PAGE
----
• In other embodiments of the present system, two additional points for each concavity, pc and pd, are extracted by casting from pa and pb lines tangent to the concavity. The extraction of these additional cast tangency points can be done, for example, while traversing the contour for bi-tangent lines. The four extracted points, pa, pb, pc, and pd, along with the bi-tangent line l and the cast tangent lines, provide distinguished features for the case.
  • In other embodiments of the present system, the extraction of invariant feature points can be repeated recursively on nested concavities. These nested feature points can then be further used as additional distinguished features. In other embodiments of the present system, contours can be filtered (i.e. discarded from the process flow) if their distinguished features do not meet certain criteria (e.g. features are too close to each other).
  • FIG. 4B is an illustration depicting a canonical frame construction for a contour concavity, according to embodiments of the present system. As depicted in FIG. 4B, frames that are preserved under projective transformations are constructed for each concavity (Step 18 of FIG. 3). The distinguished features are used for this purpose. This can be done, for example, by calculating a transformation that maps the distinguished features to the four corners of a unit square. This transformation can be applied to all of the concavity points, yielding the canonical representation of the concavity. For example, FIG. 4B is the lower-right concavity of the contour in FIG. 4A. It should be noted that the selection of the unit square is arbitrary and different selections are possible as well.
  • In other embodiments of the present system, contours can be filtered (i.e. discarded from the process flow) if their canonical representation does not meet certain criteria (e.g. the area under the concavity in the canonical frame is below a predefined threshold).
  • In other embodiments of the present system, a signature for each concavity of C1 is calculated from its canonical representation (Step 22). In other embodiments of the present system, the signature can be based on the areas bounded between the transformed concavity curve and a set of rays {η} cast in constant polar intervals from a point pbase on the basis of the concavity canonical frame, midway between the transformed pa and pb.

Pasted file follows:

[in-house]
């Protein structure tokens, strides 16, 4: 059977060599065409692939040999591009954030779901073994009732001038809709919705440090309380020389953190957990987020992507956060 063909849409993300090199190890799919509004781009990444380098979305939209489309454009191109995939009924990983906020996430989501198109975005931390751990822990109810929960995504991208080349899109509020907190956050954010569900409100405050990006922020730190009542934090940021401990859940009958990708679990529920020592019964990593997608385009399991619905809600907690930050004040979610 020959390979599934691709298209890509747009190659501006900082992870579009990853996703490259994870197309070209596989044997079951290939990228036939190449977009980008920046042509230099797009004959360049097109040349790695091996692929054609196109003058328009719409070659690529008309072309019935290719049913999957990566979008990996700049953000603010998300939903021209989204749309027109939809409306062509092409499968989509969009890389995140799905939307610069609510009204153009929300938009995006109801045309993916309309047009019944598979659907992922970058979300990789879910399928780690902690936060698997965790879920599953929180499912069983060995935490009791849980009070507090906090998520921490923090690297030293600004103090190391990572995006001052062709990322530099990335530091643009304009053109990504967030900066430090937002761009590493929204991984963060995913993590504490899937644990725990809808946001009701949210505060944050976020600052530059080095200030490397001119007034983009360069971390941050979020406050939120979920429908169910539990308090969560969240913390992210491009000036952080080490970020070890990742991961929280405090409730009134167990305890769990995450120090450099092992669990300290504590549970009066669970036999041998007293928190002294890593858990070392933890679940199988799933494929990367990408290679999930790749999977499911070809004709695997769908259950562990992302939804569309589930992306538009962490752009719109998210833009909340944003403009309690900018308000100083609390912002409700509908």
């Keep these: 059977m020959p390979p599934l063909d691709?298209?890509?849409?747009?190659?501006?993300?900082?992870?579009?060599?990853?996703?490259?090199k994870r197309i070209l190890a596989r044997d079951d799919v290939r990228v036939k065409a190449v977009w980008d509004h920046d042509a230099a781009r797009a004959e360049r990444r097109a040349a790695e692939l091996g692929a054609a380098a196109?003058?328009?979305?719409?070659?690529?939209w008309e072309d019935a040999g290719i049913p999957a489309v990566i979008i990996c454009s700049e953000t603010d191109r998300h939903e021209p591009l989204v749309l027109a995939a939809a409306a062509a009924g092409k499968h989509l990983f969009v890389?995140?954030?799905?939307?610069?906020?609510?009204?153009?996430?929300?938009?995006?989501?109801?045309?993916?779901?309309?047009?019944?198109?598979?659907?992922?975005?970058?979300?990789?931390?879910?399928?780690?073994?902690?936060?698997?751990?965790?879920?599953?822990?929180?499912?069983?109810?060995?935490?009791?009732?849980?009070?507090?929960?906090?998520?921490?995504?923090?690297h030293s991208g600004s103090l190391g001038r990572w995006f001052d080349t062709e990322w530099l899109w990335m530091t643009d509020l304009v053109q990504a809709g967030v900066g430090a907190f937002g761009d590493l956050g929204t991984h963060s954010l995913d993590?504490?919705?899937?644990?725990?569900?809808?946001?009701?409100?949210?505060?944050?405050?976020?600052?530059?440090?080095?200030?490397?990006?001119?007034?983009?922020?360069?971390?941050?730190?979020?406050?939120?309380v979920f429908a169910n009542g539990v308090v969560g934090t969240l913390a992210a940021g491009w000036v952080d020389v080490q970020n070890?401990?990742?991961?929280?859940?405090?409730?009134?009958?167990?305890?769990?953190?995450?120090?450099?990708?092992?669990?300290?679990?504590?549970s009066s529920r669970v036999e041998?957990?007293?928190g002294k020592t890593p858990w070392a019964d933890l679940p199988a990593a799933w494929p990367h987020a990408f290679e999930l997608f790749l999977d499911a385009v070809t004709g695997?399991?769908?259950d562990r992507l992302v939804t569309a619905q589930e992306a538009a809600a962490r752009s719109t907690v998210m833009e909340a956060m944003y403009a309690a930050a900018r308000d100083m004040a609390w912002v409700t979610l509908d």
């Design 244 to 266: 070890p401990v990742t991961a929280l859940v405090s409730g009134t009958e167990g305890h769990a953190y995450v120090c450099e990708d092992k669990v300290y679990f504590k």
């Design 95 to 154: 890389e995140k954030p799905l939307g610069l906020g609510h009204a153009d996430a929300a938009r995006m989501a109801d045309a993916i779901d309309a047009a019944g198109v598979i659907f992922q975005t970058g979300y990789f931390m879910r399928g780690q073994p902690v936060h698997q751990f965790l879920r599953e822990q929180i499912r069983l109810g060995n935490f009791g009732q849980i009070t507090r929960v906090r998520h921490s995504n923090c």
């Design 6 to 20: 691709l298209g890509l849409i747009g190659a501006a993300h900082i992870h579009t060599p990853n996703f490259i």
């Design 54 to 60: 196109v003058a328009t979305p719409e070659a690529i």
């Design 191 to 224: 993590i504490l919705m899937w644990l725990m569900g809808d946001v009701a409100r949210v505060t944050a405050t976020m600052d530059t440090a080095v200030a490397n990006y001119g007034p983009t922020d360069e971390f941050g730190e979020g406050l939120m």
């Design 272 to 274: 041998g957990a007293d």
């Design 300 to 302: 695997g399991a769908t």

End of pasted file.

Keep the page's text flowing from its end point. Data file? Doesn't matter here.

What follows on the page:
• In other embodiments of the present system, the signature coordinate values can be set to be the bounded areas normalized by the total area bounded by the concavity in the canonical frame and the x-axis. For example, let us denote by η the ith ray cast from pbase, and by α the area bounded by the concavity η, and η+1. The signature is then:

  • s=<s1, s2, . . . sn>
  • where sjjl−I η−1αl and n is the number of polar intervals.
  • In other embodiments of the present system, to support large shape libraries, a linear classifier on the shape signature can be used. In such a case, a training step can be used to teach the classifier the different shapes to be recognized. The signature space is then transformed into a new basis that allows signatures to be distinguished in a more robust manner.
  • In other embodiments of the present system, using the signature to perform a search in a database of known shapes can be performed (Step 24). In one implementation, the nearest neighbors of s can be found in the shape library using, for example, a hash map. In a another implementation the search method can be customized to the properties of the signature. For example, if some of the dimensions of the signature are more distinguishing than others, then a data structure can be used to index the database, which supports faster access to dimensions according to their importance by using an appropriate indexing method. In other embodiments of the present system, more than one database shape can be hypothesized as matching.
  • In other embodiments of the present system, for each image contour which has not been discarded, each hypothesized library shape is verified to yield a final match (Step 26). This can be done, for example, by projecting each hypothesized library shape C1 against the image shape C1, and testing for the re-projection error. The hypothesized library shape CL, with minimal re-projection error is selected as matching. In other embodiments of the present system, the error metric can be based on the area common to the image shape C1 and the re-projected library shape.